Google: Headphones and Voice Magic

November 23, 2017

I read two interesting articles. Each provides some insight into Google’s effort to put the NLP and chatbot doggies in an Alphabet corral.

The first article is “Google SLING: An Open Source Natural Language Parser.” To refresh your memory, “SLING is a combination of recurrent neural networks and frame based parsing.”

The second article is “Google Introduces Dialogflow Enterprise Edition, a Conversational Apps Building Platform.” The idea is to provide “a platform for building voice and text conversational applications.”

Both are interesting because each seems to be “free.” I won’t drag you, gentle reader, through the consequences of building a solution around a “free” Google service. One Xoogler watches me like a hawk to remind me that Google doesn’t treat people in a will of the wisp way. Okay. Let’s move on, shall we?

Both of these systems advance Google’s quest to become the Big Dog of where the world is heading for computer interaction. Both are germane to the wireless headphones Google introduced. These headphones, unlike other wireless alternatives, can translate. Hence, the largesse for free NLP and voice freebies.

I read “Trying Out Google’s Translating Headphones” informed me that:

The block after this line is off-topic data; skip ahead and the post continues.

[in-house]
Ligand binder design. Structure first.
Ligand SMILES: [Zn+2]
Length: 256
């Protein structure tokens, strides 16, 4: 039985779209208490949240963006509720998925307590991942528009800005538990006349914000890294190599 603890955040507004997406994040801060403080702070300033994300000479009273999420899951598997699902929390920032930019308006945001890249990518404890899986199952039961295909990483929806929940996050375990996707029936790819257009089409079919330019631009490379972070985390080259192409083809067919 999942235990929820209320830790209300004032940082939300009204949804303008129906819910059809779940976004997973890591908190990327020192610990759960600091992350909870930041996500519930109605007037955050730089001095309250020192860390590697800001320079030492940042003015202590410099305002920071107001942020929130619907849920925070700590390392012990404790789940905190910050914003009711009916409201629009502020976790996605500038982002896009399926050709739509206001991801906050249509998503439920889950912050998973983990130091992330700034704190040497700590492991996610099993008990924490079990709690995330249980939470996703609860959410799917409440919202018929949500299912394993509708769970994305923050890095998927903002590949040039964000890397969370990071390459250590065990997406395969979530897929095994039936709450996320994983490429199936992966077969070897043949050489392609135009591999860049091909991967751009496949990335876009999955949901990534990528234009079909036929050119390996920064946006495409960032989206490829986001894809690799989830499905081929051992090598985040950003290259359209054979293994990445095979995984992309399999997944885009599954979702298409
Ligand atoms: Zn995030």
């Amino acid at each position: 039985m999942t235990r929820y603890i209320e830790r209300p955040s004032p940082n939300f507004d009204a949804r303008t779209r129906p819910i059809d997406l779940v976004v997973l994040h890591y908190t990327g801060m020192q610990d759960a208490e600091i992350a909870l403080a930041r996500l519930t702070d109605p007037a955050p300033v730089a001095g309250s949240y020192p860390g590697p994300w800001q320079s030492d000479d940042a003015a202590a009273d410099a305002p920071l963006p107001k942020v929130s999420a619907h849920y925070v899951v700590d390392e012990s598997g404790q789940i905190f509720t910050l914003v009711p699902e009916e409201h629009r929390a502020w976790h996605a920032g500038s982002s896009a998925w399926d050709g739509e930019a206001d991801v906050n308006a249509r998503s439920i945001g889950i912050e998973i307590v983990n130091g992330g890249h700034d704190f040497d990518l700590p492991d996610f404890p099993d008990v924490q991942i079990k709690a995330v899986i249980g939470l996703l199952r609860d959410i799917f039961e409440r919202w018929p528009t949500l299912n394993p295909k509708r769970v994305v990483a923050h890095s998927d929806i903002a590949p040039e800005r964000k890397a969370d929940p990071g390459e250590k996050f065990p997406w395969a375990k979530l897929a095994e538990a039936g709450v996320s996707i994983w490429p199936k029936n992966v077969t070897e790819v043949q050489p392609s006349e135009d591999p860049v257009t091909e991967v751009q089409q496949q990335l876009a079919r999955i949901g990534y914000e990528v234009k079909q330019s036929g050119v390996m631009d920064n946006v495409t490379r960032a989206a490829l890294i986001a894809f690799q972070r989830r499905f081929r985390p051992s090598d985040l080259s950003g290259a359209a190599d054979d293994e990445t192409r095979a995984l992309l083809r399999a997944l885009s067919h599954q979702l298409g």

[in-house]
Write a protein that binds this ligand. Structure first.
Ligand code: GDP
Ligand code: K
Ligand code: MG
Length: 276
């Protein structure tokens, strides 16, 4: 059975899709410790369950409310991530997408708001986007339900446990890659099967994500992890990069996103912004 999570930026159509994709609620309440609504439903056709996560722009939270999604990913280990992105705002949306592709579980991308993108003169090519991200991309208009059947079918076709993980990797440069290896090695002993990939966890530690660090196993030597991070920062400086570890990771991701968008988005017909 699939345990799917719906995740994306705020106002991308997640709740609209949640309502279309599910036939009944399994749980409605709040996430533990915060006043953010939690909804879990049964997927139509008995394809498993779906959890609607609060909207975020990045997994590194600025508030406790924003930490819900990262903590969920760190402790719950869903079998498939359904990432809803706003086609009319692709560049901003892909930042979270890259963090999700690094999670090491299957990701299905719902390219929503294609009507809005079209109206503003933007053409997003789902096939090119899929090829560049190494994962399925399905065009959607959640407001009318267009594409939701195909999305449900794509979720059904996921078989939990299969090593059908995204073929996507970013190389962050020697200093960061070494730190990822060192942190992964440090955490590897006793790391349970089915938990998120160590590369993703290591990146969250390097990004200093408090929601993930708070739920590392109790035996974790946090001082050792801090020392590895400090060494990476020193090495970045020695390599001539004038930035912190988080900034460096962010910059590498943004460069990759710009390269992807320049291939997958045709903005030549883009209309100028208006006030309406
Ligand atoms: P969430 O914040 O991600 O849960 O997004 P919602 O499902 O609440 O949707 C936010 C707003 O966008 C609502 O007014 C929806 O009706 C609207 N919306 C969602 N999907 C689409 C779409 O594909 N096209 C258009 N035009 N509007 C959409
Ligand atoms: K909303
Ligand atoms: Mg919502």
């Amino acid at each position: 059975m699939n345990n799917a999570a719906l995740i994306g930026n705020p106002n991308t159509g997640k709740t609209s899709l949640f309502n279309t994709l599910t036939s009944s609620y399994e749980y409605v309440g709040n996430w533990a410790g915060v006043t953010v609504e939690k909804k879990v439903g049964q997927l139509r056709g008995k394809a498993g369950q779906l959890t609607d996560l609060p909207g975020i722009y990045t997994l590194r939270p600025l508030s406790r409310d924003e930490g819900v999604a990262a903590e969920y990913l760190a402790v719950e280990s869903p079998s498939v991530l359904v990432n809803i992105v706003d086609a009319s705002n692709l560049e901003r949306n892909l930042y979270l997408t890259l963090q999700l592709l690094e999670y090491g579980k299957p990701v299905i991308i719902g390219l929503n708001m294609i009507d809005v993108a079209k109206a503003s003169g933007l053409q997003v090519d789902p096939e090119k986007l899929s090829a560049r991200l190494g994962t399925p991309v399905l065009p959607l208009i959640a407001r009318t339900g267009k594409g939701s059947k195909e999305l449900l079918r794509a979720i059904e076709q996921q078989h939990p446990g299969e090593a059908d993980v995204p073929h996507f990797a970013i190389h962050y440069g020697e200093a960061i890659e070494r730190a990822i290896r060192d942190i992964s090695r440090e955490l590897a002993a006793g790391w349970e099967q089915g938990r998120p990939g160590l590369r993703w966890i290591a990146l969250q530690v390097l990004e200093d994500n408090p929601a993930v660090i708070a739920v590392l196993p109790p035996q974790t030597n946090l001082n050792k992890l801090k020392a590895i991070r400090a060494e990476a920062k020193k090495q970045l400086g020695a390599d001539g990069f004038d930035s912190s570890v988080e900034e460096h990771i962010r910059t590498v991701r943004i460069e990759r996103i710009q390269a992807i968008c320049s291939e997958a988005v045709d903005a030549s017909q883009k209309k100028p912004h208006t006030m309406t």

The most important thing you should know about Pixel Buds is that their full features only work with Google’s newest smartphone, the Pixel 2.

Is this vendor lock in?

I learned from the write up:

To be honest, it’s not exactly real-time. You call up the feature by tapping on your right earbud and asking Google Assistant to “help me speak” one of 40 languages. The phone will then open the Google Translate app. From there, the phone will translate what it hears into the language of your choice, and you’ll hear it in your ear.

Not quite like Star Trek’s universal translator, suggests the article. I noted this statement:

it’s worth realizing that the Pixel Buds are more than just a pair of headphones. They’re an early illustration of what we can expect from Google, which will try to make products that stand out from the pack with unusual artificial intelligence services such as translation.

A demo. I suppose doing the lock in tactic with a demo is better than basing lock in on vaporware.

Then there are the free APIs. These, of course, will never go away or cost too much money. The headphones are $159. The phone adds another $649.

Almost free.

Stephen E Arnold, November 23, 2017

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